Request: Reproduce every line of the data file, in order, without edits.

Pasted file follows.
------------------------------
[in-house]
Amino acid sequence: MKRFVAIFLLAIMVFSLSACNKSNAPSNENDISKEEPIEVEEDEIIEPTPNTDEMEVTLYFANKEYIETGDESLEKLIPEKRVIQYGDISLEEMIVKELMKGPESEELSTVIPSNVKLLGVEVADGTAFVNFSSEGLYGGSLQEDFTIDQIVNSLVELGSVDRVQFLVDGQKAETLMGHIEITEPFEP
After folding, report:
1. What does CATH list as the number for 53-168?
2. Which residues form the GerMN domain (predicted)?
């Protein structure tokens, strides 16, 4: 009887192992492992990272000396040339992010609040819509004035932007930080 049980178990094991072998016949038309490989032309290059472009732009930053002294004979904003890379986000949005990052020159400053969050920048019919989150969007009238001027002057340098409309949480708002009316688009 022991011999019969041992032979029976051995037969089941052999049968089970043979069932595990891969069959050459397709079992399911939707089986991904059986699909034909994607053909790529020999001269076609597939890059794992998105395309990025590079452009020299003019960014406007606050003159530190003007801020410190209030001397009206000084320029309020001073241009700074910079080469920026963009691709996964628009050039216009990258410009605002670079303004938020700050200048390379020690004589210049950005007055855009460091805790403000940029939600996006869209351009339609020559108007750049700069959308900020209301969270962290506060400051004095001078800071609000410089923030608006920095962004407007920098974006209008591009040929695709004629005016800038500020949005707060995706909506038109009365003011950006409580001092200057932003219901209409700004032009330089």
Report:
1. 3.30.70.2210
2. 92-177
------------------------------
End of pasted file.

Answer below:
[in-house]
Amino acid sequence: MKRFVAIFLLAIMVFSLSACNKSNAPSNENDISKEEPIEVEEDEIIEPTPNTDEMEVTLYFANKEYIETGDESLEKLIPEKRVIQYGDISLEEMIVKELMKGPESEELSTVIPSNVKLLGVEVADGTAFVNFSSEGLYGGSLQEDFTIDQIVNSLVELGSVDRVQFLVDGQKAETLMGHIEITEPFEP
After folding, report:
1. What does CATH list as the number for 53-168?
2. Which residues form the GerMN domain (predicted)?
């Protein structure tokens, strides 16, 4: 009887192992492992990272000396040339992010609040819509004035932007930080 049980178990094991072998016949038309490989032309290059472009732009930053002294004979904003890379986000949005990052020159400053969050920048019919989150969007009238001027002057340098409309949480708002009316688009 022991011999019969041992032979029976051995037969089941052999049968089970043979069932595990891969069959050459397709079992399911939707089986991904059986699909034909994607053909790529020999001269076609597939890059794992998105395309990025590079452009020299003019960014406007606050003159530190003007801020410190209030001397009206000084320029309020001073241009700074910079080469920026963009691709996964628009050039216009990258410009605002670079303004938020700050200048390379020690004589210049950005007055855009460091805790403000940029939600996006869209351009339609020559108007750049700069959308900020209301969270962290506060400051004095001078800071609000410089923030608006920095962004407007920098974006209008591009040929695709004629005016800038500020949005707060995706909506038109009365003011950006409580001092200057932003219901209409700004032009330089």
Report:
1. 3.30.70.2210
2. 92-177